I read an interview of Hillenbrand on the site of US-Japan Dialogue on POWs. You may find it below;
On this site, you click "Essays," and then find "Interview with Laura Hillenbrand, the author of Unbroken."
In this interview, Hillenbrand emphasizes that she tried hard not to make a stereotype of (evil) Japanese. As a result, the book has not caused any anti-Japanese sentiment among American readers.
"...I’ve received thousands of letters, emails and other correspondence from readers. Almost none of them have expressed ill-feeling towards Japan...
...I presented them (Japanese) as distinct individuals, some good, some bad..."
Well, in the book, when Zamperini was detained in a camp, he met only a few good Japanese. But most Japanese characters are evil in this story. And, on the surrender of Japan, the author suddenly deviates from his story and lists up "Japanese atrocities."
"...Japan had brought atrocity and death on a scale that staggers the imagination...They were evidently about to murder all the other POW's and civilian internees in their custody when the atomic bomb brought their empire crashing down." (Chapter 32,pp.502-503)
To me, she seems to emphasize the brutalities of Japanese.
Reactions: Hillenbrand has ever imagined the Japanese' reaction?
The American's reaction:
There must be readers who never have anti-Japanese sentiment after reading this book. At the same time, however, I hear many cursing words against Japanese on Youtube or any other site related to "Unbroken."
I am afraid that the anti-Japanese sentiment among the Americans might even deepen after the movie is released.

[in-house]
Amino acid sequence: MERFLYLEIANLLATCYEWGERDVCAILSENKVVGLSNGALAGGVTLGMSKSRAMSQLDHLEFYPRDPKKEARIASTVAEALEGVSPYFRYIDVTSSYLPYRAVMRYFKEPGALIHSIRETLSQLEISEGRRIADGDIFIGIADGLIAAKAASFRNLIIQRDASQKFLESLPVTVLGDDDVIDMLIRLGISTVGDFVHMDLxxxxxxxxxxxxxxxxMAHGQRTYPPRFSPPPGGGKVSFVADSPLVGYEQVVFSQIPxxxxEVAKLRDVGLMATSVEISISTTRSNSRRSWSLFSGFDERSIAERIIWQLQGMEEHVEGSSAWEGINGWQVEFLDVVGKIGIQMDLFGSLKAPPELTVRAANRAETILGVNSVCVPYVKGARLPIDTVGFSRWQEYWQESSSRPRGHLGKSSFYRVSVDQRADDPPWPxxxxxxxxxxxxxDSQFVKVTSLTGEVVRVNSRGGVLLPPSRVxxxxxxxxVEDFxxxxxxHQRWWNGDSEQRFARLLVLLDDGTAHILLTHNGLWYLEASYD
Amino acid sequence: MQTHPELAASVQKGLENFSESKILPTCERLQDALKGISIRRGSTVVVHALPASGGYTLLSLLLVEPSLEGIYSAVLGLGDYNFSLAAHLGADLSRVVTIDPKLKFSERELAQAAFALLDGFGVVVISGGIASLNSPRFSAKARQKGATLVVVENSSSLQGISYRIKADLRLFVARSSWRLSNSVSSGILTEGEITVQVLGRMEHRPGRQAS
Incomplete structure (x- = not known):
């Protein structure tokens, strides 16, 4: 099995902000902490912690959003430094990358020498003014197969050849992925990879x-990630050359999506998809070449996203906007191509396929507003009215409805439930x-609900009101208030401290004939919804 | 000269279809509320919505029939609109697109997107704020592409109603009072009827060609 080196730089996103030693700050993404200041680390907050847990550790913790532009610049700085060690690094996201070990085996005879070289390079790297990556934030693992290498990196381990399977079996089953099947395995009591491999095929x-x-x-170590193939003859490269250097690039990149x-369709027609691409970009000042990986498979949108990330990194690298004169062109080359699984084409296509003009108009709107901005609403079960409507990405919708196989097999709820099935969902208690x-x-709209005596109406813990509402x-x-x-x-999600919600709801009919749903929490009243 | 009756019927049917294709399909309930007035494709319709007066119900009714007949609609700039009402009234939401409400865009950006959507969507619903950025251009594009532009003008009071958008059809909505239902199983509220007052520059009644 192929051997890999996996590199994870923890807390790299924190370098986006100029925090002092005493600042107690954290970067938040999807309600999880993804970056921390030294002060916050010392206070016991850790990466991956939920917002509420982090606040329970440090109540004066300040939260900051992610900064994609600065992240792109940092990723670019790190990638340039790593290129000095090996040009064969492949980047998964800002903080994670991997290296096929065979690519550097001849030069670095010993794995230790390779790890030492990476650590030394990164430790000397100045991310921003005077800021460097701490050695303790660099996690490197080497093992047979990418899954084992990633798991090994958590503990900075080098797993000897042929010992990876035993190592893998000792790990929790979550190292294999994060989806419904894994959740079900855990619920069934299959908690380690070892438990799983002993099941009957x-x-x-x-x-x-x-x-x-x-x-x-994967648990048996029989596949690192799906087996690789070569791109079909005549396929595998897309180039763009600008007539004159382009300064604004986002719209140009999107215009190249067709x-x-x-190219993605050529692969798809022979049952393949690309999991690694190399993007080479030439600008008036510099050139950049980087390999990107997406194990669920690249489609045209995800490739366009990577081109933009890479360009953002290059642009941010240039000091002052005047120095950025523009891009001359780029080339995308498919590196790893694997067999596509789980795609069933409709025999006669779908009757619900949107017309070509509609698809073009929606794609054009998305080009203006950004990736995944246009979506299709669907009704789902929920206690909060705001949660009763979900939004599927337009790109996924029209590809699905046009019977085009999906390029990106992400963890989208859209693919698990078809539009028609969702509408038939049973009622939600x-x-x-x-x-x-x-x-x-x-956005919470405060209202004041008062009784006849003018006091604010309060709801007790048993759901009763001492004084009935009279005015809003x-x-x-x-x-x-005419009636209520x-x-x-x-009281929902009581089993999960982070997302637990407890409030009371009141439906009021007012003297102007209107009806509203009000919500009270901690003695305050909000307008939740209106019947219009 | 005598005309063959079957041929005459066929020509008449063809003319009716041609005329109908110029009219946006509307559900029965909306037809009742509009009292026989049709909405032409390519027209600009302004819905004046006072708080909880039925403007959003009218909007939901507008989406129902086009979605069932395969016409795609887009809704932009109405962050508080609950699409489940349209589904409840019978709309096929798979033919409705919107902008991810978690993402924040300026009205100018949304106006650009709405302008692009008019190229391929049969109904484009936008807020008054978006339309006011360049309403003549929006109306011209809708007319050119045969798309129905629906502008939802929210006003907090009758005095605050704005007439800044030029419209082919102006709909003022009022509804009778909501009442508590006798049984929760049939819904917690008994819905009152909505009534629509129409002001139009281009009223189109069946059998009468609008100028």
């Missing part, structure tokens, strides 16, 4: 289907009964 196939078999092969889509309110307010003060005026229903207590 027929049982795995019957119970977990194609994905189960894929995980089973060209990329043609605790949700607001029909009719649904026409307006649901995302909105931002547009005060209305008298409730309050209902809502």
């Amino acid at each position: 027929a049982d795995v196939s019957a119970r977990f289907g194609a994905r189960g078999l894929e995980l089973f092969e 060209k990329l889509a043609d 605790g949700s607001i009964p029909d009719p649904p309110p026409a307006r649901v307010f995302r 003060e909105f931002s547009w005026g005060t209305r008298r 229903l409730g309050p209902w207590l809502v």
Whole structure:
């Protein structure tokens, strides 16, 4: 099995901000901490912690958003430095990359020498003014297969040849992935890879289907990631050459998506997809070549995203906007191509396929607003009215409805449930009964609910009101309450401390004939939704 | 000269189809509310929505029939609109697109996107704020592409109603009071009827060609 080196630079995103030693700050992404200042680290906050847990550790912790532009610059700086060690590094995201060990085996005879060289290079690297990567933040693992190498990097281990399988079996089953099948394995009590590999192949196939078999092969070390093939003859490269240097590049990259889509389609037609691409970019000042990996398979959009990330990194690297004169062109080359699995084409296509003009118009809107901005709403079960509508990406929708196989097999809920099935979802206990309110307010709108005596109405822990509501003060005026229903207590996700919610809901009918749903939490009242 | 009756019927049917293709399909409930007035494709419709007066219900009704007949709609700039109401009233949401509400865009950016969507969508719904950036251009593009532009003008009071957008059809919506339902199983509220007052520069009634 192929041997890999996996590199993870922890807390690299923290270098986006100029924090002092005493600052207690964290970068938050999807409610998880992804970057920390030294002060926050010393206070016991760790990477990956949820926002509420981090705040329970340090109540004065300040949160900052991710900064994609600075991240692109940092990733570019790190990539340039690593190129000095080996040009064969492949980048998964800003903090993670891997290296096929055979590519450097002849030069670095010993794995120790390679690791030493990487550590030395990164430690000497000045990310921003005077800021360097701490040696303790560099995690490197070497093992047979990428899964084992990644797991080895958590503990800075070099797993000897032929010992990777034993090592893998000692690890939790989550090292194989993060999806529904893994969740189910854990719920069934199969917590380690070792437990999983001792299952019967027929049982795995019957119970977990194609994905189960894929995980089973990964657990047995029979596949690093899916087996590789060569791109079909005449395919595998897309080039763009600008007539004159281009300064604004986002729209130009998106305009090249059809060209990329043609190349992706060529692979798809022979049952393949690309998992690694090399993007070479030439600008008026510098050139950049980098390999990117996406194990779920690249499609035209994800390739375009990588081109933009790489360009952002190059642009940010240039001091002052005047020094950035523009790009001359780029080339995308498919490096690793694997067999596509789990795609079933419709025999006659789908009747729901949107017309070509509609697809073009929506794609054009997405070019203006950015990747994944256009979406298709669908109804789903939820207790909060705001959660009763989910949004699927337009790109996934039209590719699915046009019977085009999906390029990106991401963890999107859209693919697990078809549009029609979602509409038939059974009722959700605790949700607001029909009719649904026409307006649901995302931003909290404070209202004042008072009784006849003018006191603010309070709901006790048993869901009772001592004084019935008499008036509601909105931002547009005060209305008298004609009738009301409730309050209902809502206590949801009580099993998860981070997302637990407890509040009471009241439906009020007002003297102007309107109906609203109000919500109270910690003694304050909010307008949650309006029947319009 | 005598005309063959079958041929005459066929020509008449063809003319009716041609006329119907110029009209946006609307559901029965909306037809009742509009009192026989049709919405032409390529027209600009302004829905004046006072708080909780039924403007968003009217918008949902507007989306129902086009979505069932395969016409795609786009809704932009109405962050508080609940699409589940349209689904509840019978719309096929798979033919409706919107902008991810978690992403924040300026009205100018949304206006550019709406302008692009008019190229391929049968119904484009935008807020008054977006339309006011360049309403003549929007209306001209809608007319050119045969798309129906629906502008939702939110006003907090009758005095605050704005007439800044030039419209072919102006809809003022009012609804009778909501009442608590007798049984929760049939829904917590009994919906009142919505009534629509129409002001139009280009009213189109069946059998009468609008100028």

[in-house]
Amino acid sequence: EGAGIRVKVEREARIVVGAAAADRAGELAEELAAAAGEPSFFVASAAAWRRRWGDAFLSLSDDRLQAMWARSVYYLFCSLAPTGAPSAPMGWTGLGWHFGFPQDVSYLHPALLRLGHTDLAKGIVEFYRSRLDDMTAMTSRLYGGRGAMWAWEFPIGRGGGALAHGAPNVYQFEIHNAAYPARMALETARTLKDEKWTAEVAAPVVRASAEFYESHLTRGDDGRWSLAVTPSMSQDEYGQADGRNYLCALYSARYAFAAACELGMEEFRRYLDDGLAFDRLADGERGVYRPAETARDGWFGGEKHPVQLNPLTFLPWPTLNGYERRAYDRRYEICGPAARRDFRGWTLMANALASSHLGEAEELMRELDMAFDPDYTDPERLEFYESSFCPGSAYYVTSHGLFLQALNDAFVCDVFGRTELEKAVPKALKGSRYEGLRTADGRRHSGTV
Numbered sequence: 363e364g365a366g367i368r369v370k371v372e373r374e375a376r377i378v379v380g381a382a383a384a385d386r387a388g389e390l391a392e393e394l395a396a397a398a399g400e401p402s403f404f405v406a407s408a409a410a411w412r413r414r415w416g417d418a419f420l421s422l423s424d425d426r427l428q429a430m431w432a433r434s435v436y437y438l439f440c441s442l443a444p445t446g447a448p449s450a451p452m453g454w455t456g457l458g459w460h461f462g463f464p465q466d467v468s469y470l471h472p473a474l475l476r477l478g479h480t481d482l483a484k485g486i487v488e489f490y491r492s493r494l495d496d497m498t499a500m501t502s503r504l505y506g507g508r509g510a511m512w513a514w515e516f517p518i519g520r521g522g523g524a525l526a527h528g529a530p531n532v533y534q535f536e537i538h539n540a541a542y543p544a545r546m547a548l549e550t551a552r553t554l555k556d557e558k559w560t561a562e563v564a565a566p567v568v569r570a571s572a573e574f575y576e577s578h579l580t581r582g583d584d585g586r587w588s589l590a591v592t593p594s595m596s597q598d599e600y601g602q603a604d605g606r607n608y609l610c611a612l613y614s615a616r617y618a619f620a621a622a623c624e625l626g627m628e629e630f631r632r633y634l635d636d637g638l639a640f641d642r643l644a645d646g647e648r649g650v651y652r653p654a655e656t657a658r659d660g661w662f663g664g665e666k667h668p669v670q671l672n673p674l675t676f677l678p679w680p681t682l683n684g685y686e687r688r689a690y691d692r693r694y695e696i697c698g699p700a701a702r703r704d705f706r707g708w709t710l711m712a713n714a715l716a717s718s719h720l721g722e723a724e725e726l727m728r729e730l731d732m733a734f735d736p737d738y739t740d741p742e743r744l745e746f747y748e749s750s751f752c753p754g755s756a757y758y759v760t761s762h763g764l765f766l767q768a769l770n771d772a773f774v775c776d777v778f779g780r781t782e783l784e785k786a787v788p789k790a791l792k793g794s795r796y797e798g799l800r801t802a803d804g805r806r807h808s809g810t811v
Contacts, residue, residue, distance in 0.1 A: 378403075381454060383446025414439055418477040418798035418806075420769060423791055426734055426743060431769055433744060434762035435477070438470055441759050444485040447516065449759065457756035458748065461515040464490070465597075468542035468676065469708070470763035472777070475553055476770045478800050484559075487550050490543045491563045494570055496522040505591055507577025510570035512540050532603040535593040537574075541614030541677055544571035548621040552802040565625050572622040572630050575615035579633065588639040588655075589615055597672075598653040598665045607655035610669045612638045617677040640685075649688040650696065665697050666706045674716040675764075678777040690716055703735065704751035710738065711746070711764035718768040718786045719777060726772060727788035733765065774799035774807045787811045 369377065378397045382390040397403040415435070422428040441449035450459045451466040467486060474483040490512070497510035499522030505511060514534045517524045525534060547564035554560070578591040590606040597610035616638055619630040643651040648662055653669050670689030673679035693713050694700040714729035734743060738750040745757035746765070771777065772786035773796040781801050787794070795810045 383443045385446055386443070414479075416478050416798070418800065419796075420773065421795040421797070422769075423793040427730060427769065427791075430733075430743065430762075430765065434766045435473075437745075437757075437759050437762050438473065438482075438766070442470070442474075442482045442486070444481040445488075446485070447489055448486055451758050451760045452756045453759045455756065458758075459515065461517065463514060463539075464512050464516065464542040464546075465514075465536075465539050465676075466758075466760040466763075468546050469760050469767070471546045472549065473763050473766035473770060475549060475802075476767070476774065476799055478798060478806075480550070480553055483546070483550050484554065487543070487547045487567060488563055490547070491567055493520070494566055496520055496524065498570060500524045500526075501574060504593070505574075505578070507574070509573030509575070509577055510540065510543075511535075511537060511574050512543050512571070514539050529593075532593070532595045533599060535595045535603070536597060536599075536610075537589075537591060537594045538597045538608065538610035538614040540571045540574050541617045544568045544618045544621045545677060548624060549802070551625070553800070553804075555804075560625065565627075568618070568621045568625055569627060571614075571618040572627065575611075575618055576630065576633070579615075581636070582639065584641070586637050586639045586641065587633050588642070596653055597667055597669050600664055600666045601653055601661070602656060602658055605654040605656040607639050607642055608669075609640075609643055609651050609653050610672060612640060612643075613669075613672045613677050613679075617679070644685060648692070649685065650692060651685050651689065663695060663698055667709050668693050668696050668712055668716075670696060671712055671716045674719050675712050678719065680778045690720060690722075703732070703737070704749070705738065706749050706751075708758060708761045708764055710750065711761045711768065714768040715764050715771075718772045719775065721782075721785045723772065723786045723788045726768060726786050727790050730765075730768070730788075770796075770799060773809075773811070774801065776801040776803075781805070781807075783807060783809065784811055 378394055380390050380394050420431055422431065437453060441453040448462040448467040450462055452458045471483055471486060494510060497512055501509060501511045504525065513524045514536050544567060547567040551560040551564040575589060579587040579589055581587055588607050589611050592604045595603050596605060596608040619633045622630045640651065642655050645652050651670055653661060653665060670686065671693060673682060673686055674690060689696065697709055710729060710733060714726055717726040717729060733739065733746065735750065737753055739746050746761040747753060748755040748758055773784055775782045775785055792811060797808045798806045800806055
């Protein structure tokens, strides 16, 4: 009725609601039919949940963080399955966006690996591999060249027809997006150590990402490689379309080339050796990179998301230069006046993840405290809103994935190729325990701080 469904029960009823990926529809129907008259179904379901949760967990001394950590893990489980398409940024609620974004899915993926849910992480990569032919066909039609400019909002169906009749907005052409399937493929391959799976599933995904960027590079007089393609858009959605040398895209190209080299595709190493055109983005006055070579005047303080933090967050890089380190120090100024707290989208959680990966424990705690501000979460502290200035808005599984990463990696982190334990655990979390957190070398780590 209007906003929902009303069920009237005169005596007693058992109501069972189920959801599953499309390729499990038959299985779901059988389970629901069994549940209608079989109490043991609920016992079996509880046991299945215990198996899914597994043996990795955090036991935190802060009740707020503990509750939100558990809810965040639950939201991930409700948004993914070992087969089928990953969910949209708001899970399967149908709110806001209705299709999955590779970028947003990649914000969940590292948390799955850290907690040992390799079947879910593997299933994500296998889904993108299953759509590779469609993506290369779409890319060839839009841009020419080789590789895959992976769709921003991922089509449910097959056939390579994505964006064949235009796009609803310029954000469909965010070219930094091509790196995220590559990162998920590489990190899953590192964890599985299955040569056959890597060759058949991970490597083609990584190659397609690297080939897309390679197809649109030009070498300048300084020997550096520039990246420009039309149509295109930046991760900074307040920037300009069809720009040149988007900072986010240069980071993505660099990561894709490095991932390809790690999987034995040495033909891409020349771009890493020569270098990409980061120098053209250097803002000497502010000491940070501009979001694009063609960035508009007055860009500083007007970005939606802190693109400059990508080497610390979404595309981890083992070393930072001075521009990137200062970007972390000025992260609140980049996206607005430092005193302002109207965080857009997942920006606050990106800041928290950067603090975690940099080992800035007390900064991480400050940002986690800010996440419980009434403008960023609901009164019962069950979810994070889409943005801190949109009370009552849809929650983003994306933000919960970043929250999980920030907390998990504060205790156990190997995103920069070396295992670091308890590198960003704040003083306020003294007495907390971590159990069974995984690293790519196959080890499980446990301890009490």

The Japanese reaction:
First of all, has she never imagined the reactions among Japanese? Because the book is not supposed to be translated into Japanese? C'mon!, it is the 21st century! Even the most conservative Japanese go online. We know what's going on!
"...Thousands of other POW's were...or eaten alive in ritual acts of cannibalism..." (Chapter 32, p.502)
We have never heard about such a ritual in Japan. If she had the minimum knowledge of Japanese religion, history, culture, and its people, she would not believe cannibalism by the Japanese. She seems inspired by the penalty of slow slicing or the lingering death penalty （凌遅刑 in Chinese characters）and cannibalism on the continent.
Japanese people are angry. The author Hillenbrand and the movie director Angelina Jolie are now called racists. And we are very worried that, eventually, 30 years later or 50 years later, those episodes would be believed all true and the future generation of the Japanese are blamed for them.